"What were the reasons behind the dictums and cooking lore?"
August 26, 2014 8:15 AM   Subscribe

Great post, but terrible headline on that Prospect article -- This is not a chef.
posted by neroli at 8:57 AM on August 26, 2014 [1 favorite]

Hervé This is more or less singlehandedly responsible for the largest revolution in cooking technique and kitchen structure since Escoffier. As a chef (in the colloquial English-language sense), I am quite comfortable referring to him as one too, especially given 'chef' just means 'chief' (or boss, head, etc) in French.
posted by feckless fecal fear mongering at 5:01 PM on August 26, 2014 [3 favorites]

The article asks, rhetorically, "What is the efficacy of pouring oil into pasta water?" This happens to be a subject about which I have Opinions.

If, like most people, you cook pasta in a huge pot with gallons of water, the efficacy is unsurprisingly low. But this is not the only way to cook pasta!

I cook my pasta like rice, i.e. in a covered pot with the exact amount of water it will soak up. Since there is no excess water to drain after cooking, I can add oil and spices with great efficacy.

The proper ratio is about 3.5 water per pasta, by weight. To cook 200g of pasta you need 700mL of water. Use lower heat like you would with rice.
posted by foobaz at 9:33 PM on August 26, 2014 [1 favorite]

I sent this to my Dad, ex teacher of food science. He responded:

"Interesting but the junk/fast food chemists have beaten him to molecular foods long ago. Have a look sometime at all the products on the supermarket shelves made from one ingredient recovered from one natural source and with flavour and texture controlled by small amounts of other pure chemicals not necessarily from natural sources. Examples: all the corn chip,potato chip, cassava, rice crackers from one source with added salt,sucrose, and minor amounts of coloring and flavouring.-mostly singler pure chemicals originating in a factory. Dad "
posted by i_am_joe's_spleen at 3:03 AM on August 27, 2014

Fair enough, spleen, but This was responsible for taking those precepts out of the factory and into home and restaurant kitchens, thus sparking a revolution as I pointed out above.

foobaz, can you actually get al dente pasta that way? I've heard of it as a technique, and I'm well aware that gallons aren't needed as long as you stir to prevent sticking, but I haven't tried it with as little water as that, nor at such a low temperature.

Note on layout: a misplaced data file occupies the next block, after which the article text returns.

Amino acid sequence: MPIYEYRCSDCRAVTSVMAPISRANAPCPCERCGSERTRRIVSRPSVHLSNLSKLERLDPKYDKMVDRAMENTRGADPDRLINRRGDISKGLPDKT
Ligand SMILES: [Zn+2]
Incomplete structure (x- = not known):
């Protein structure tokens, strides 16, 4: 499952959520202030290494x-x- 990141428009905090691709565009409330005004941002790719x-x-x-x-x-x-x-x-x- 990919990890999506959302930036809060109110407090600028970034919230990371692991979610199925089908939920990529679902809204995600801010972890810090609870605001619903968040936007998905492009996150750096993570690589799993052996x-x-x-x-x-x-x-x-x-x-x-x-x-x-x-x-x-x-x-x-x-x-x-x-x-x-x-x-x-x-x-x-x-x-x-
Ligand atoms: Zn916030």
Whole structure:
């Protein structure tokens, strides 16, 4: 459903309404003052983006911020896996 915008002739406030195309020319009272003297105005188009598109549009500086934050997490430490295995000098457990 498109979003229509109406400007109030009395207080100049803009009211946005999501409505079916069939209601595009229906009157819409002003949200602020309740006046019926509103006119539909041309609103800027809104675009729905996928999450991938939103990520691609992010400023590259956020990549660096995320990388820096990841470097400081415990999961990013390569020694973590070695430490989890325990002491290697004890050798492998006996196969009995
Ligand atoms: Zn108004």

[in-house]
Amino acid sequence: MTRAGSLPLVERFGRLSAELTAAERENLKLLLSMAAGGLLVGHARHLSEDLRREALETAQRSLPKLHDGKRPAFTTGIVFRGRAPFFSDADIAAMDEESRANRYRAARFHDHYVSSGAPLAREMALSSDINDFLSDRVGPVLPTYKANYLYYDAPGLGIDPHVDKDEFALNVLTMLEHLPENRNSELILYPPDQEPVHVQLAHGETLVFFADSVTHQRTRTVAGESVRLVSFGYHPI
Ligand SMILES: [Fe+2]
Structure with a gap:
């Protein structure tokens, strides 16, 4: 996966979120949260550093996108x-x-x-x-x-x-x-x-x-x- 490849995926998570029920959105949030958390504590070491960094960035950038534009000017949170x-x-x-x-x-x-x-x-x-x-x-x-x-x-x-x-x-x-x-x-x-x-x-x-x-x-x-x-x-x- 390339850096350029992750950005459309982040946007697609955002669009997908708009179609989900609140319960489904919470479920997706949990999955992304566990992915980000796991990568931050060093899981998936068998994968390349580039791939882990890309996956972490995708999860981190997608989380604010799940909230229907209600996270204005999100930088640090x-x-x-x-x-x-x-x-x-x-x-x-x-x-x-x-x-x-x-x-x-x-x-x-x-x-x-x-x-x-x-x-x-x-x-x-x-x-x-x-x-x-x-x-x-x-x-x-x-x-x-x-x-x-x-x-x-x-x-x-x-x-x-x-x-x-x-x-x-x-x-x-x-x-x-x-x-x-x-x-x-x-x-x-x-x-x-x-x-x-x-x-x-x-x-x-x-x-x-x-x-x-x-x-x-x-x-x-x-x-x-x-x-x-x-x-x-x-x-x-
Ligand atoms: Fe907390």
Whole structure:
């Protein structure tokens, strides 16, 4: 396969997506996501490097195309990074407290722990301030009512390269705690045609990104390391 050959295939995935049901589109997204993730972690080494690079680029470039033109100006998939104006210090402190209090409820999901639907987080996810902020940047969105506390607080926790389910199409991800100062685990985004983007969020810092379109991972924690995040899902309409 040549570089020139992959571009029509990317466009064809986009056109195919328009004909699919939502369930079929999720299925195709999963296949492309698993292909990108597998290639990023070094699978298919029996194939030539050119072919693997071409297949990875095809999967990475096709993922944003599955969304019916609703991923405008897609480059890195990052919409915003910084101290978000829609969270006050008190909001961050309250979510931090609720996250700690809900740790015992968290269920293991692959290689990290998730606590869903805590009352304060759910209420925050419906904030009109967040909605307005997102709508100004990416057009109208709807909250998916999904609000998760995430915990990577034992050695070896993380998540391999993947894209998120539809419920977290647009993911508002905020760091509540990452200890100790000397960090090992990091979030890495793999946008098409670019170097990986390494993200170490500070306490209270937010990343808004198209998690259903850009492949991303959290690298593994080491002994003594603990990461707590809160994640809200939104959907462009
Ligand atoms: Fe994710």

posted by feckless fecal fear mongering at 7:26 AM on August 27, 2014

I was wondering along those lines myself, i_am_joe's_spleeen, if he was just dinking around with home chemistry set versions of established industrial food manufacturing processes.

But based on his portrayal in the first article, I believe he would not object to what your dad said in the slightest. I get a feeling he would geek right out at the machine in the ramen factory in which chickens go in one end and flavor packets come out the other.

This hasn't been "beaten" by them. He is acknowledging the supreme efficiency of those techniques and is trying to better understand them in order to create a new medium. He knows that great artists will be the first to adopt it, motivated by the opportunity to create something truly new.

Where he is way ahead, though, is in seeing his work less for its artistic potential than for its eventual necessity. He is motivated to find a way to maintain the delights of cooking and eating before the system behind them becomes entirely unmaintainable.

His work is a combination of science and art that can benefit fancy food while being grounded in solving real and scary problems. I find that hugely inspiring. Thanks for the post.
posted by Mr. Anthropomorphism at 7:41 AM on August 27, 2014 [1 favorite]

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